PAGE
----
A California District Court has provided an imprimatur to the American Arbitration Association to determine, in the absence of a contract directive, which of its rules apply to arbitration matters it administers. In Hagan v. Park Miller LLC individual investors brought an arbitration against their investment adviser pursuant to an agreement which provided for arbitration in accordance with AAA rules.
AAA determined its consumer rules, not its commercial rules, were applicable, a determination with practical impact since the consumer rules (in accordance with applicable California law) required the investment adviser to front all arbitration fees. Responding to the investment manager’s claim that the AAA should be directed to apply its commercial rules, the court held as follows:
“Park Miller’s argument that the Court must order the AAA to follow its commercial rules is meritless. The parties’ Agreement is silent as to whether AAA commercial or consumer rules apply in arbitration. But the Agreement unequivocally states that AAA rules apply… Those rules give the AAA the ‘initial authority’ to decide whether its consumer rules apply. If a party ‘disagrees with the AAA’s decision,’ the party can submit an ‘objection,’ as Park Miller did. But ‘the arbitrator shall have the authority to make the final decision on which AAA rules will apply.’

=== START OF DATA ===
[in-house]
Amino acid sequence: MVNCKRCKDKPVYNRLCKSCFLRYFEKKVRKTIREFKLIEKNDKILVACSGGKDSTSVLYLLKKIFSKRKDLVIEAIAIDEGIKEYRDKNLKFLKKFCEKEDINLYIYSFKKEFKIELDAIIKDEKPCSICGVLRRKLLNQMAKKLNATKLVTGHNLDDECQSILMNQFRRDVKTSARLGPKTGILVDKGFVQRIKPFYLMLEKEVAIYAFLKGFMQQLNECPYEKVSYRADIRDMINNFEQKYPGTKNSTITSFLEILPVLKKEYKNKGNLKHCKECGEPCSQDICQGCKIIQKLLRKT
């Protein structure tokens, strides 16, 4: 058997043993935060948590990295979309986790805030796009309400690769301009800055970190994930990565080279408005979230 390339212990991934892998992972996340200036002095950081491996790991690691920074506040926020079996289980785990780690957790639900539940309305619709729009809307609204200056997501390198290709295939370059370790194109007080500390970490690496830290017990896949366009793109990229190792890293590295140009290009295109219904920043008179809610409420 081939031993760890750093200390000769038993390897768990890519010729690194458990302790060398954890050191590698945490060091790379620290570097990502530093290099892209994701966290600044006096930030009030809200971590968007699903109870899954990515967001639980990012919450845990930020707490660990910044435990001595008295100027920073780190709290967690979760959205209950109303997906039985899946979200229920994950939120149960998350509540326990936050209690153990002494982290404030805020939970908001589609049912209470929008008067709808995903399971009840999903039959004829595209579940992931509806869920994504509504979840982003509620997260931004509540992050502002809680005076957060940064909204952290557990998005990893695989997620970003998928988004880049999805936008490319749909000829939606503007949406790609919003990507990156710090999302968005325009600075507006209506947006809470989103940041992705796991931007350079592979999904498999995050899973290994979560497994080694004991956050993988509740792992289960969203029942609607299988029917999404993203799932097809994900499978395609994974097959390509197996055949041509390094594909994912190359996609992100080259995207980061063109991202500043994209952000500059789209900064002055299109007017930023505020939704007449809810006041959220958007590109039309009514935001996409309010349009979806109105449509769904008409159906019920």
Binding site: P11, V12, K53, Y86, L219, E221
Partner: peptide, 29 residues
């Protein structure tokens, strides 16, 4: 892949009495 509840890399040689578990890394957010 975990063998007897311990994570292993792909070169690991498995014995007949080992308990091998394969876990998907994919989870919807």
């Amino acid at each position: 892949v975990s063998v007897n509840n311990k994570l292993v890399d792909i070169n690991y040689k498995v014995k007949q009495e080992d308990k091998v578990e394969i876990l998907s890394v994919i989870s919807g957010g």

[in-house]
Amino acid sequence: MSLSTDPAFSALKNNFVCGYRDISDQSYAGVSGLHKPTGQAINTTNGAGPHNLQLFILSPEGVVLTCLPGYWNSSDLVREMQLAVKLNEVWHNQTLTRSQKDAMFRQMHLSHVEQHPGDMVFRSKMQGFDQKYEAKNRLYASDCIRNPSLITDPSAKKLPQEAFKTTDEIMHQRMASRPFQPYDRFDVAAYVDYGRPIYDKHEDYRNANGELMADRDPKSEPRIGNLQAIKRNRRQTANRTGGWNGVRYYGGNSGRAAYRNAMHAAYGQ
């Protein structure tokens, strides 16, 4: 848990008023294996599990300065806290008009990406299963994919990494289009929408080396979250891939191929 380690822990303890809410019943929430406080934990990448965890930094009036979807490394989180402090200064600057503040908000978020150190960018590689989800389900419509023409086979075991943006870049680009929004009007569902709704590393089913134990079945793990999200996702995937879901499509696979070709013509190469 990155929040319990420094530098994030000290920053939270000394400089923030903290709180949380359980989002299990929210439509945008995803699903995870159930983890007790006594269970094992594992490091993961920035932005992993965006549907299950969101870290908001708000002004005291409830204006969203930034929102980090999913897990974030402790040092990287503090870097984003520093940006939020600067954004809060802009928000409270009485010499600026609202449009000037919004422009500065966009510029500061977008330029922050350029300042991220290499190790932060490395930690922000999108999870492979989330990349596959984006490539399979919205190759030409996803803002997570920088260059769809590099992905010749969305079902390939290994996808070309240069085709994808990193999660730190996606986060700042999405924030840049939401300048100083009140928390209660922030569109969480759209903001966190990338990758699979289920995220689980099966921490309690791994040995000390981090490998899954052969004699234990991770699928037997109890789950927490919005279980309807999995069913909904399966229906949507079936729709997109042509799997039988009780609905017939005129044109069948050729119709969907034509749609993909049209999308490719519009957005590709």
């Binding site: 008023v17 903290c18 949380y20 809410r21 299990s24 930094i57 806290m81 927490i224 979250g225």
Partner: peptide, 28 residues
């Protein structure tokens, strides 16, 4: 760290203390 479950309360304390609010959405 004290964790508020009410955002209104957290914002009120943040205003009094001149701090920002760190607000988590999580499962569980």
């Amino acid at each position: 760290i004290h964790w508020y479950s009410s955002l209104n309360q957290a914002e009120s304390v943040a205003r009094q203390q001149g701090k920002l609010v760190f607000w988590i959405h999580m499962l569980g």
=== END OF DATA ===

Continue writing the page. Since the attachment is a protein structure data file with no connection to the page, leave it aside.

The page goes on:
“Thus, it is for the AAA, not the Court, to decide whether the AAA consumer or commercial rules apply. And the AAA has decided to apply its consumer rules. Even if Park Miller is ight that the AAA erred in this decision, Park Miller breached its arbitration agreement by refusing to abide by the AAA’s decision. Neither the parties’ agreement nor any other authority cited by Park Miller empowers the Court to second-guess the AAA’s decision or otherwise short-circuit the arbitration process. Park Miller must submit to arbitration and abide by the AAA’s determinations regarding which AAA rules to apply.”